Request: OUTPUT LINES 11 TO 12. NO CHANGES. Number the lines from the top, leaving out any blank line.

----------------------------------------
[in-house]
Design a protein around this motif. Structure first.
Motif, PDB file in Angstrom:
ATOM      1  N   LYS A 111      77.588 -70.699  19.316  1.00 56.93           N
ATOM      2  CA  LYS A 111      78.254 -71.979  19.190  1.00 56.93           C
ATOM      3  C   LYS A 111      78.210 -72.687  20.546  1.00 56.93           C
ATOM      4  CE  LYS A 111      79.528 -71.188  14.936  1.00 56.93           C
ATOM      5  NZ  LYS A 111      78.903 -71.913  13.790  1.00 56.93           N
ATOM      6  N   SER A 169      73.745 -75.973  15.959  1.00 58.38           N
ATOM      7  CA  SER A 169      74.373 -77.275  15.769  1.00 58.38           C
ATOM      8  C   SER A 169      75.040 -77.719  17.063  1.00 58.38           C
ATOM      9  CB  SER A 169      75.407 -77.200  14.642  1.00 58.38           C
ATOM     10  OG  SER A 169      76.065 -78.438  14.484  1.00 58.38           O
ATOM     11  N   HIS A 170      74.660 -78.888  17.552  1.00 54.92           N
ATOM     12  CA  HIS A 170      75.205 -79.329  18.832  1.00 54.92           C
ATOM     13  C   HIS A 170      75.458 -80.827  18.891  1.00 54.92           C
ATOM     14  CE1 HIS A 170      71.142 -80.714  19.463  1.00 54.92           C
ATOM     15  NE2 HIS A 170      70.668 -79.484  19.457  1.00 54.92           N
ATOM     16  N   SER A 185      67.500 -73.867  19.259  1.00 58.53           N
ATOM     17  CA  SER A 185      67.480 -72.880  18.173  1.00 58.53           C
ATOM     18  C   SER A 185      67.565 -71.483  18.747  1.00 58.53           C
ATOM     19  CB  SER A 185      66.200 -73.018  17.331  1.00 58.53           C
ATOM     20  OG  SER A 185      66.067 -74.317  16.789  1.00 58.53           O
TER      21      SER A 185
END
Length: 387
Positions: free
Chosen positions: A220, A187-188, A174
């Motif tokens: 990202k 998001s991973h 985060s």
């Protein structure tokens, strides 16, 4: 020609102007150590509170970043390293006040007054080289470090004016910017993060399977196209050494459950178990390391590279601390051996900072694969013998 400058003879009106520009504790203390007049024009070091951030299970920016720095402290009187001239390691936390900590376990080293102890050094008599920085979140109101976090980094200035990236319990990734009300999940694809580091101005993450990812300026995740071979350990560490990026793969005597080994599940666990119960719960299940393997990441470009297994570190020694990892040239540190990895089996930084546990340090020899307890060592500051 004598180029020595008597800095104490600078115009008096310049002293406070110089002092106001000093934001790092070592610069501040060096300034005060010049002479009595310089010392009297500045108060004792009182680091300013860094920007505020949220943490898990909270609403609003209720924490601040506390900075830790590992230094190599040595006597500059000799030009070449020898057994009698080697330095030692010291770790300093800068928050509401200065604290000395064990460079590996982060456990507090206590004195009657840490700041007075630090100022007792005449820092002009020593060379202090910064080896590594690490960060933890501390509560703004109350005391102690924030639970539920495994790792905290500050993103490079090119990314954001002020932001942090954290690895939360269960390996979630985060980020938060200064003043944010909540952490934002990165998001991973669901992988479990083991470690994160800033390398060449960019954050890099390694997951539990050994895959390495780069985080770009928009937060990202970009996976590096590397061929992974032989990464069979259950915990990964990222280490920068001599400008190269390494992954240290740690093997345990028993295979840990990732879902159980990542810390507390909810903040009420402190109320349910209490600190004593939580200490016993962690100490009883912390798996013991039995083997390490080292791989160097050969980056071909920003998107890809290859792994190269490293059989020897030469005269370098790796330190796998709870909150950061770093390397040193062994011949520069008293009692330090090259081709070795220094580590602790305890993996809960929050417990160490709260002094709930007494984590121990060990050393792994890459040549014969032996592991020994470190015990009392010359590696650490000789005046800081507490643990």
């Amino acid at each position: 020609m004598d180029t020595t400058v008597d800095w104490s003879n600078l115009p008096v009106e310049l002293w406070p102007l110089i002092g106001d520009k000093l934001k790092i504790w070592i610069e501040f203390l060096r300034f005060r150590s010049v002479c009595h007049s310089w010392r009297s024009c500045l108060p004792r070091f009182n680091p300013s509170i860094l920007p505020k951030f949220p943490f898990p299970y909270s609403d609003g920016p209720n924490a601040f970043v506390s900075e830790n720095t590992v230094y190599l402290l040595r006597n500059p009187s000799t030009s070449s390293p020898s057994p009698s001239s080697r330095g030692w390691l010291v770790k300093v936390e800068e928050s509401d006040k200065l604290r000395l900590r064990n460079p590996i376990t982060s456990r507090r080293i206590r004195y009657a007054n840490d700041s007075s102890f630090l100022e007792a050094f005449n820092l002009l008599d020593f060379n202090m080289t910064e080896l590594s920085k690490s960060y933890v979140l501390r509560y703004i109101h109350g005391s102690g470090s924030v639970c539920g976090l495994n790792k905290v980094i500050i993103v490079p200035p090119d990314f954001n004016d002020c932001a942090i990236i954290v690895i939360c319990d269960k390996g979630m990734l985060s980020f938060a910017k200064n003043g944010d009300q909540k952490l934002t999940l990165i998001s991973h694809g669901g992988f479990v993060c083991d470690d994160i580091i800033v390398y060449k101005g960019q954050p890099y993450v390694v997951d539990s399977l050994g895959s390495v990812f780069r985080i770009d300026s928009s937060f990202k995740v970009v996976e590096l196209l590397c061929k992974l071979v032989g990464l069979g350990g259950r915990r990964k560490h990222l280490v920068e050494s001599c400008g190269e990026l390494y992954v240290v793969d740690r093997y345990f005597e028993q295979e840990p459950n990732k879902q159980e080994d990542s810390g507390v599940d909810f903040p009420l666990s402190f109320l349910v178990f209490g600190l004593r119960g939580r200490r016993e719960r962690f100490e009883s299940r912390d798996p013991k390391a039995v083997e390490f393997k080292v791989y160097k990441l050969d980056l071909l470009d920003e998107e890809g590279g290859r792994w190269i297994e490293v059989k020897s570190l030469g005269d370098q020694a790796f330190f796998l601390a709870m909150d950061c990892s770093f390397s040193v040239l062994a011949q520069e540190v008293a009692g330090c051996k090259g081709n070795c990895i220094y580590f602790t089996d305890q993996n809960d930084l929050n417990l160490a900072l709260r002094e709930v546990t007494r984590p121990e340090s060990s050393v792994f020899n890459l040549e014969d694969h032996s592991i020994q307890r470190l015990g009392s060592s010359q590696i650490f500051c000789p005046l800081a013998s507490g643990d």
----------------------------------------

ATOM      8  C   SER A 169      75.040 -77.719  17.063  1.00 58.38           C
ATOM      9  CB  SER A 169      75.407 -77.200  14.642  1.00 58.38           C